Long Island Children Set to Participate in the FIRST LEGO League and Junior FLL Tournament

Elementary and middle-school students apply creativity and science to the study of food safety in the 2011 FIRST LEGO League season
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* Robotics
* Longwood High School
* Sbpli
* Elementary
* Middle School
* Science

* Science
* Education
* Engineering

* Patchogue - New York - US

Feb. 29, 2012 - PRLog -- [Kings Park, NY] — School-Business Partnerships of Long Island, Inc. (SBPLI) and the Longwood Central School District will present the FIRST (For Inspiration and Recognition of Science and Technology) LEGO League (FLL) Championship Tournament and the Junior FLL Expo on March 4 at Longwood High School, located at 100 Longwood Road in Middle Island. Both events begin at 9 a.m.

FLL students will take part in the FOOD FACTOR® Challenge. In the FOOD FACTOR Challenge, teams will build, test, and program an autonomous robot using LEGO® MINDSTORMS® NXT to solve a set of food safety missions as well as research, develop, and share their innovative solutions to improve the world’s current food preparation processes.

FIRST LEGO League is an international program for 9- to 14-year-old children created in a partnership between FIRST and the LEGO Group in 1998, based on their common belief that fun and learning go hand-in-hand, and that an inspired mind can accomplish anything. Each September, LEGO League announces the annual Challenge to teams, engaging them in authentic scientific research and hands-on robotics design. Using LEGO MINDSTORMS technologies and LEGO play materials, children work alongside adult mentors to design, build, and program robots to complete missions based on real-world challenges. After eight intense weeks, the competition season culminates at high-energy, sports-like tournaments.

“Like every season’s Challenge, the details of the Robot Game are related to the theme,” said Jacob Kragh, President, LEGO Education. “In FOOD FACTOR, robots are tasked with the safe transportation and preparation of food, exploring pest control, food temperatures, and pollution as they navigate from the various starting points of our food to the place where it is consumed.”

Meanwhile, Jr. FLL participants will take part in the Snack Attack Challenge. In the Snack Attack Challenge, students will take a “hands on” approach to the topic of food safety by exploring how proper preparation and storage can help keep us healthy. Teams will learn about simple machines as they build a model made of LEGO elements with a motorized moving part, and will create a team Show-Me Poster to represent their Snack Attack findings.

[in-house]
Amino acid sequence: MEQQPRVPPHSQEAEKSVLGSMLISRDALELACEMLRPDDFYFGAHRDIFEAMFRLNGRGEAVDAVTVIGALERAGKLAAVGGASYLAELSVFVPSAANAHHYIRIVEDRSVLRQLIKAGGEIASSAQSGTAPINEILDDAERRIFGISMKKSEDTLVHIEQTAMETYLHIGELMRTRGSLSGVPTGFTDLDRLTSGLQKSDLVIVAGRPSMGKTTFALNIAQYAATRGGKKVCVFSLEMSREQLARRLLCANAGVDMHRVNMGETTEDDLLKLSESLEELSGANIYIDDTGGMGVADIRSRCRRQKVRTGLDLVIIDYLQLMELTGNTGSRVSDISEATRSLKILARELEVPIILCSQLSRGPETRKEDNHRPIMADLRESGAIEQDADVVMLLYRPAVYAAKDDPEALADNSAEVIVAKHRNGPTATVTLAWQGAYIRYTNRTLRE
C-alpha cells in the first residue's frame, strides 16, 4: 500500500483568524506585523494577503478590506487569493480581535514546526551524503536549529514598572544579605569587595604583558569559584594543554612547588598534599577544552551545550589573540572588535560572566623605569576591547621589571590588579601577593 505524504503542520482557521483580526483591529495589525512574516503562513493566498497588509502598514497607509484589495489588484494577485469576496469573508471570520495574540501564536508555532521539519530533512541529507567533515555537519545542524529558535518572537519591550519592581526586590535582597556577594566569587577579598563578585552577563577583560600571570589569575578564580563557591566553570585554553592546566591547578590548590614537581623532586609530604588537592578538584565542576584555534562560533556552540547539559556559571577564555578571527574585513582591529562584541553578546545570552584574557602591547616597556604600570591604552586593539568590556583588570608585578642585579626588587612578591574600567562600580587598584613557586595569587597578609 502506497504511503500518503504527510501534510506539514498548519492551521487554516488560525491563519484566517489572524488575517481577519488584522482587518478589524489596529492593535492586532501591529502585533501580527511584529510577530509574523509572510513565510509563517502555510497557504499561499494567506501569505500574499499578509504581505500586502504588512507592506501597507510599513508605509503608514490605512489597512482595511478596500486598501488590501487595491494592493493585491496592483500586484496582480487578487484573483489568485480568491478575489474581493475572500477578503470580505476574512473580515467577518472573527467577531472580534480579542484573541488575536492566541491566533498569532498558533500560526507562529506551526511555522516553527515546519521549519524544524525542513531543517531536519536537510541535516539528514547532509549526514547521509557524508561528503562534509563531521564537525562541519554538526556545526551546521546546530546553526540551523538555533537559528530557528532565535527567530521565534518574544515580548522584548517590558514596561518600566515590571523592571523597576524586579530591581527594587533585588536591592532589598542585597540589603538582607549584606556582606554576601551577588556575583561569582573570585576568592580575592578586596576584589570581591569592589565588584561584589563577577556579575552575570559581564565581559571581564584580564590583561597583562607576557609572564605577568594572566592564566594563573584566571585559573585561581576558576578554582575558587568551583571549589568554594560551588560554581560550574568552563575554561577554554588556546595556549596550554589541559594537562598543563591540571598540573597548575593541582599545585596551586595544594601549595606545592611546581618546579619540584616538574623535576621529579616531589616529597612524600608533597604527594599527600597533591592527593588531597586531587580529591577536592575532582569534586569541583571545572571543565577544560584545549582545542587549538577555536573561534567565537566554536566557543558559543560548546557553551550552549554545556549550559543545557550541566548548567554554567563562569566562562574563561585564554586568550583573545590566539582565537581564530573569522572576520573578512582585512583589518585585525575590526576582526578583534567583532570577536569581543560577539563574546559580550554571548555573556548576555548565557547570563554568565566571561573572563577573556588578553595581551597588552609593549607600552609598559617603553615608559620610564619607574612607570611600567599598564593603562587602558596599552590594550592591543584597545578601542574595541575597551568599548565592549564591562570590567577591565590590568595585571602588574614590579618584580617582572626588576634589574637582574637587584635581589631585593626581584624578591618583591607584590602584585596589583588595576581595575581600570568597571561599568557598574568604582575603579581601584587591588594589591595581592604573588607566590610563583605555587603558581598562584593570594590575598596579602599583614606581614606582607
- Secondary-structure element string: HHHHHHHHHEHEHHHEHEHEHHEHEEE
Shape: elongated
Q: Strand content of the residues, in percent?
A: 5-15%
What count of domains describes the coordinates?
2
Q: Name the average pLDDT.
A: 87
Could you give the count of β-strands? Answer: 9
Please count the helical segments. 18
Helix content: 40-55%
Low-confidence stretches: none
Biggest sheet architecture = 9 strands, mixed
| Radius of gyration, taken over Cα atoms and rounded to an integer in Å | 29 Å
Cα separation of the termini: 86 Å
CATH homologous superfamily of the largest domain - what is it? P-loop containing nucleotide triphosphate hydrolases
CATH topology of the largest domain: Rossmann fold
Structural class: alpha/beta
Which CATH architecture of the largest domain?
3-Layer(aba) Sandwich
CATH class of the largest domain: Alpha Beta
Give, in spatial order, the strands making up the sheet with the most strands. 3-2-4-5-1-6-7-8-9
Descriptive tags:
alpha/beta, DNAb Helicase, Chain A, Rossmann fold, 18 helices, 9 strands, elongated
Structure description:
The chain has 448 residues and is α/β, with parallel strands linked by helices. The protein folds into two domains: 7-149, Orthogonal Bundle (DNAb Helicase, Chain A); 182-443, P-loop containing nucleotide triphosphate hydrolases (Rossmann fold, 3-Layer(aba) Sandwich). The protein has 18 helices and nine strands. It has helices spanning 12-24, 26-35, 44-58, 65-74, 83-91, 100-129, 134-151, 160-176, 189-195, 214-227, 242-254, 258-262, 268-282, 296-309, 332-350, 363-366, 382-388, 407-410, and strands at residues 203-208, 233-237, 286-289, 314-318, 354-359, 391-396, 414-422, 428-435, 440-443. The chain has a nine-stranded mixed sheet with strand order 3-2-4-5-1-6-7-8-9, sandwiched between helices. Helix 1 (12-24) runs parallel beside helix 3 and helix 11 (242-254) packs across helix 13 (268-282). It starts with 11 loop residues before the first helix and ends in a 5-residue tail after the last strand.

Focused on building an interest in science and engineering in children ages 6-9, Junior FIRST LEGO League is a hands-on program designed to capture young children’s inherent curiosity and direct it toward discovering the possibilities of improving the world around them. Just like FLL, this program features a real-world challenge, to be solved by research, critical thinking and imagination. Guided by adult coaches and the Jr. FLL Core Values, students work with LEGO elements and moving parts to build ideas and concepts and present them for review. Each yearly Challenge has two parts: the LEGO Model and the Show-Me Poster. Working in teams of two to six children and guided by at least one adult coach, teams work to complete the Challenge.
Currently in its 13th year, FIRST LEGO League anticipates its biggest season ever, with more than 200,000 children in 61 countries competing in hundreds of Qualifying Tournaments and Championship Tournaments in order to win honors and recognition. Teams will also have the opportunity to participate at the FIRST LEGO League World Festival, to be held in conjunction with the FIRST Championship on April 26-28 at the Edward Jones Dome in St. Louis. In addition, approximately 2,600 teams are expected to participate in Junior FIRST LEGO League this season.

“The FIRST LEGO League and the Junior FIRST LEGO League gives these young children a chance to develop an interest in science and engineering at an early age,” said Janet Anderson, FLL and Jr. FLL Director, SBPLI. “Judging by the FLL qualifying tournaments that we had on January 28-29 in which 70 teams participated, the children on Long Island have found a passion for science, technology and engineering.”

For a list of the area schools and youth organizations with teams participating in the “FOOD FACTOR” Challenge, see the attached page. In the event of inclement weather, the FLL Championships and the Jr. FLL Expo will be rescheduled for Sunday, March 11. For more information, visit www.sbpli-lifirst.org.

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School-Business Partnerships of Long Island, Inc. (SBPLI) was founded in 1984 by Fred Breithut with the goal of developing partnerships between local high schools and businesses that would provide students with practical experience and curriculum development, while helping the business community develop its future workforce. Over 100 partnerships have been formed. In 1999, SBPLI brought the FIRST (For Inspiration and Recognition of Science and Technology) robotics program to Long Island, where eight high school teams participated. Since then, the FIRST robotics program has grown to 50 teams, with over 2,300 students participating in FIRST Robotics and LEGO League programs on Long Island each year. The 2012 FIRST Robotics Competition will be held at Hofstra University on March 29-31, 2012.
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Tags:Robotics, Longwood High School, Sbpli, Elementary, Middle School, Science
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Location:Patchogue - New York - United States
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